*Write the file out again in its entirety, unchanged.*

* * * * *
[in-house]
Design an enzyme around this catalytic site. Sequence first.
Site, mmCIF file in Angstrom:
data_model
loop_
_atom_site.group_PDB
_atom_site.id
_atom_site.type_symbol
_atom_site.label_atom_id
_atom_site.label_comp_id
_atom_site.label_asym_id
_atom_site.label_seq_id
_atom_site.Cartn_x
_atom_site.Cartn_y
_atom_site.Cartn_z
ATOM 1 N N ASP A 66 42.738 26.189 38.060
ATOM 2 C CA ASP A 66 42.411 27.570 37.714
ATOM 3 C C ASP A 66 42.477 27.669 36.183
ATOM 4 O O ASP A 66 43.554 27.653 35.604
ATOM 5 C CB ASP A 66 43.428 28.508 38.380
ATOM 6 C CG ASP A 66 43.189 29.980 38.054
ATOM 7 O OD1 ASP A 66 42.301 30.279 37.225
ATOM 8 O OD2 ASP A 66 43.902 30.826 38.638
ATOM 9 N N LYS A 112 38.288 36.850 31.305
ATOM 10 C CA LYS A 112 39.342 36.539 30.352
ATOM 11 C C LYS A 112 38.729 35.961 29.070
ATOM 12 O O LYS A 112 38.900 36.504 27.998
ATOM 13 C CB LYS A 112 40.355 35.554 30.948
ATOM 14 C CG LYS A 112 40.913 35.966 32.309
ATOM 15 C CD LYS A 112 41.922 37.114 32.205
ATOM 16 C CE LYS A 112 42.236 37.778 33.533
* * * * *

[in-house]
Design an enzyme around this catalytic site. Sequence first.
Site, mmCIF file in Angstrom:
data_model
loop_
_atom_site.group_PDB
_atom_site.id
_atom_site.type_symbol
_atom_site.label_atom_id
_atom_site.label_comp_id
_atom_site.label_asym_id
_atom_site.label_seq_id
_atom_site.Cartn_x
_atom_site.Cartn_y
_atom_site.Cartn_z
ATOM 1 N N ASP A 66 42.738 26.189 38.060
ATOM 2 C CA ASP A 66 42.411 27.570 37.714
ATOM 3 C C ASP A 66 42.477 27.669 36.183
ATOM 4 O O ASP A 66 43.554 27.653 35.604
ATOM 5 C CB ASP A 66 43.428 28.508 38.380
ATOM 6 C CG ASP A 66 43.189 29.980 38.054
ATOM 7 O OD1 ASP A 66 42.301 30.279 37.225
ATOM 8 O OD2 ASP A 66 43.902 30.826 38.638
ATOM 9 N N LYS A 112 38.288 36.850 31.305
ATOM 10 C CA LYS A 112 39.342 36.539 30.352
ATOM 11 C C LYS A 112 38.729 35.961 29.070
ATOM 12 O O LYS A 112 38.900 36.504 27.998
ATOM 13 C CB LYS A 112 40.355 35.554 30.948
ATOM 14 C CG LYS A 112 40.913 35.966 32.309
ATOM 15 C CD LYS A 112 41.922 37.114 32.205
ATOM 16 C CE LYS A 112 42.236 37.778 33.533